You have useless verbiage, I wrote everything right, you write everything wrong.


"2. but some Siberian tribes might have been important for introducing eastern pottery in 6000s BC"

And what does Neolithic have to do with Mesolithic? You're just talking out of your ass.

3. The main basis of European Mesolithic was southeastern Europe/Molodova/ Italy (“villabruna people”); not Siberia

This is anti-scientific nonsense, a direct anti-scientific lie by an ignorant deceiver. Stop deceiving, you've had enough of your deceptions.

"3. ANE arrived ~ 16,000 years before any reasonable estimate of IE expansion . Your Uralo-Siberian model of IE does not constitute “reasonable theory” but by all means feel free to believe in it
4. The deep origins of FU populations are evidently disconnected from PIE. Even when Yana people were roaming around Siberia; haplogroup N affinity people were south in China. This is what the current state of the art tells us"

These are your fantasies. You have no logic in your head, you have lost on all counts, you are always wrong. This is a firmly established fact. And you can't contradict anything so you just twist it. Haplogroup N people have nothing to do with Nostratic languages, they came to western Siberia during the Early Neolithic and adopted the Proto-Finno-Yukagir language from the local population. Just like the Haplogroup C people adopted, say, Mongolian.

ambron said...

David, it was not my intention to point to Pannonia as the Slavic homeland. I repeat: not all early Slavs looked genetically like East Slavs. For example, the Pannonian Slavs looked like the Western Slavs. And they were not the East Slavs mixed with Celto-Germans, but the local population, keeping their genetic continuity at least from the Iron Age.

Davidski said...

@ambron

How do you know that the Pannonian Slavs are direct descends of the Iron Age population in Pannonia, and not similar to then coincidentally?

And if they are their direct descendants then how do you know that they're not language shifters?

Obviously, this is your hypothesis and still needs to be proven. So to prove it you need to:

- show that the Pannonian Slavs are indeed the direct descendants of their Iron Age predecessors in Pannonia

- also show that they're closely and not coincidentally related to other western Slavs

- somehow explain why the West Slavs north of Pannonia look like they're recently admixed, with most of their ancestry stemming from an East Slavic-like population.

Are we in agreement?

EastPole said...

@ambron
“the Carpathian Basin as a Slavic homeland”

Ambron, Slavic homeland was were Indo-Slavic homeland was. Proto-Indo-Iranians left and went east and proto-Slavs remained in their homeland in Eastern Poland. Then Slavs started to diverge. Western Slavs emerged probably as a result of interactions of proto-Slavic post-CWC cultures in Poland with the populations of Carpathian Basin. Nitra, Eastern Unetice contributed to Western Slavic ethnos (we have to wait for aDNA from Nitra to get some details). Carpathian Basin became Slavic, yes, but it was not the homeland, it became Slavic as a result of Nitra expansion and probably Slavicisation of Fuzesabony. Eastern Slavs also were mixing and all this is a very complex process of diverging and converging of many Slavic ethnicities in Central-Eastern Europe.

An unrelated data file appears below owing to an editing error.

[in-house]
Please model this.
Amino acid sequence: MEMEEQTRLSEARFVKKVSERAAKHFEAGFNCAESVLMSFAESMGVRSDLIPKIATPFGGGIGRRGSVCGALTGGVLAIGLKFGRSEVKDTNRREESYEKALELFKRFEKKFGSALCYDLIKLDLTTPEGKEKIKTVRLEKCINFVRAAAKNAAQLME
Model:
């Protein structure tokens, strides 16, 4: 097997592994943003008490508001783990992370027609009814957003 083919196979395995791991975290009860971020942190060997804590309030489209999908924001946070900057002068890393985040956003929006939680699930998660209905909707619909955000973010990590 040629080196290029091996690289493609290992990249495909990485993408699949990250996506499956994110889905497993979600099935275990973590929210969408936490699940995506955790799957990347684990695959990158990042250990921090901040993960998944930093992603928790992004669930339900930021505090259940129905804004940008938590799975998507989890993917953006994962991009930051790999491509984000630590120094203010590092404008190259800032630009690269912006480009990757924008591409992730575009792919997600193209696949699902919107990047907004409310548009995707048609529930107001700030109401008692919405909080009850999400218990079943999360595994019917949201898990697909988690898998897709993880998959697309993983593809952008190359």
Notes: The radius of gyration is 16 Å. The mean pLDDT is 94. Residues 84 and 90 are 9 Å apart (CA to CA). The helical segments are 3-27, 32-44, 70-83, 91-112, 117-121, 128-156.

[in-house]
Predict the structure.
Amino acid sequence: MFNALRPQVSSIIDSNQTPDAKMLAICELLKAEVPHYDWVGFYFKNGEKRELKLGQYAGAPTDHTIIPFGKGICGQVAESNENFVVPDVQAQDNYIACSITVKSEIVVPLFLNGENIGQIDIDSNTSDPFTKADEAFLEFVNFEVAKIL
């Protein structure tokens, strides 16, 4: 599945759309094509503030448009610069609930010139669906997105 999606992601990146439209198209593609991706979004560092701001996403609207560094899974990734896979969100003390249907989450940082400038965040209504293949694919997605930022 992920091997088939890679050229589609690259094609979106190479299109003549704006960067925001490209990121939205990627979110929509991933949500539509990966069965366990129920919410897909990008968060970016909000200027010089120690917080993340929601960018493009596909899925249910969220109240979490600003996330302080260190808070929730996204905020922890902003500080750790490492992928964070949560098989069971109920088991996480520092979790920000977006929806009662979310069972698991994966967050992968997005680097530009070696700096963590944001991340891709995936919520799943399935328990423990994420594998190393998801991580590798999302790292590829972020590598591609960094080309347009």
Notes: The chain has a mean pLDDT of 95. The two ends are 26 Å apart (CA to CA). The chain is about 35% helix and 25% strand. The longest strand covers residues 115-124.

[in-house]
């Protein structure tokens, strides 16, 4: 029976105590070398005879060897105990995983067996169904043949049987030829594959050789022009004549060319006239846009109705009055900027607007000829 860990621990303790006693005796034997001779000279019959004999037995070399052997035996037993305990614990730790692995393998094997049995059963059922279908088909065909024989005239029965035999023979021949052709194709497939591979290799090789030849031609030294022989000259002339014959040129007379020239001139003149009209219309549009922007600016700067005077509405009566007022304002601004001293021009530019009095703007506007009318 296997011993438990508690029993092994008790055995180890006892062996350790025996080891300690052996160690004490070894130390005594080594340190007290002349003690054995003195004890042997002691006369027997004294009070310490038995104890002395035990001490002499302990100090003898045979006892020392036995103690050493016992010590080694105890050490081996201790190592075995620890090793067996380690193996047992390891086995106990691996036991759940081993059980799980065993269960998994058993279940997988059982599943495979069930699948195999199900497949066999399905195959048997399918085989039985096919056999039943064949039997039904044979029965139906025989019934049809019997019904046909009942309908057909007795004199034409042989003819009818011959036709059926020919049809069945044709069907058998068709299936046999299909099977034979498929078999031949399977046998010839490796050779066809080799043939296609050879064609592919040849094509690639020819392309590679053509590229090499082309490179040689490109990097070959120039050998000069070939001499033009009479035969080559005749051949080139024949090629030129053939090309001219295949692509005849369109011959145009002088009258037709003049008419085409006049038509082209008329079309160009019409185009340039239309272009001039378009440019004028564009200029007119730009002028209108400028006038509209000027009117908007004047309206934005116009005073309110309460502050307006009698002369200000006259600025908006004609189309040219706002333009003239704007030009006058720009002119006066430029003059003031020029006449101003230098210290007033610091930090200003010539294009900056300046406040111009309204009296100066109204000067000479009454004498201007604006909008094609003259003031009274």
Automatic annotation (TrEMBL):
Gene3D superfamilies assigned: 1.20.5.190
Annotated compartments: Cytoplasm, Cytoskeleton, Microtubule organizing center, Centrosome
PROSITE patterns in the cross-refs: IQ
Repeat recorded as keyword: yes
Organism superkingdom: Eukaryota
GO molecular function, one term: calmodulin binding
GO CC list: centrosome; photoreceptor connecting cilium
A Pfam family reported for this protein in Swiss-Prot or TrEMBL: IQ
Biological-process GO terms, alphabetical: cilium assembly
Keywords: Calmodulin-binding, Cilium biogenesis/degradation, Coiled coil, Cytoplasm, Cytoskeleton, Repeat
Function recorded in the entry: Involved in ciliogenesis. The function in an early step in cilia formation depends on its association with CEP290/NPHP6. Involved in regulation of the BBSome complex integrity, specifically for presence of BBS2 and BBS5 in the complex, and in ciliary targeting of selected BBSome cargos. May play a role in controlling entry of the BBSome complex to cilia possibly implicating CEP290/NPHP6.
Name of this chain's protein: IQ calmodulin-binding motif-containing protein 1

Archi said...

Andrzejewski said...
"PIE was most likely a language isolate,"

Stop writing nonsense. You always don't understand a word you write. There are no isolated languages in nature, linguistics denies them. Linguists call an isolated language only a language for which cognates have not yet been established, for PIE all cognates are firmly established and proven and this is not denied by anyone.

@Jaakko Häkkinen

" 1. Historical phonology shows that Hungarian, Mansi, Khanty and Samoyedic branches derive from Late Proto-Uralic, which was spoken in the Volga-Kama region.
2. The eastern branches also have Archaic IE (formerly known as Proto-IE)"

1. There is no historical phonology, there is historical phonetics. And of course it says nothing of the sort, so you have written only your personal anti-scientific fantasies. Fatyanovo in Khanty, Mansi, Samoyeds = 0%.
2. That's just your personal anti-scientific fantasy.

@Davidski

Within the CWC it is very hard to divide into future peoples right now, there is catastrophically little data, it has been researched an order of magnitude worse than the BBC. It is clear that the Proto-Slavs are not Germanic CWC, but more eastern, but there is no reason to associate them with the territory of the Ukraine or Belarus. We can still speculate about later times. Now we can only speculate with certainty that the Proto-Slavs come from the Trzyniec culture. Further definitely pointing to the Lusatian culture.

@ambron
"historical sources - Nestor and Jordanes speak of the Carpathian Basin as a Slavic homeland. Among contemporary researchers, this view was shared by, among others, Trubaczow, Kobyczew, Trbuhović, Curta and Nazin."

They are wrong. Jordanes did not say that at all, he wrote only about the spread of the Slavs in his time. The latter two are not respectable people at all.

ambron said...

David, I think that Hungarian geneticists are driven by the economy of thinking. If the population of the Iron Age and the Middle Age are genetically the same, then there is biological continuity in the region.

Davidski said...

@ambron

Or they might not be very good at analyzing fine scale structure, which is a serious problem that still plagues population genetics.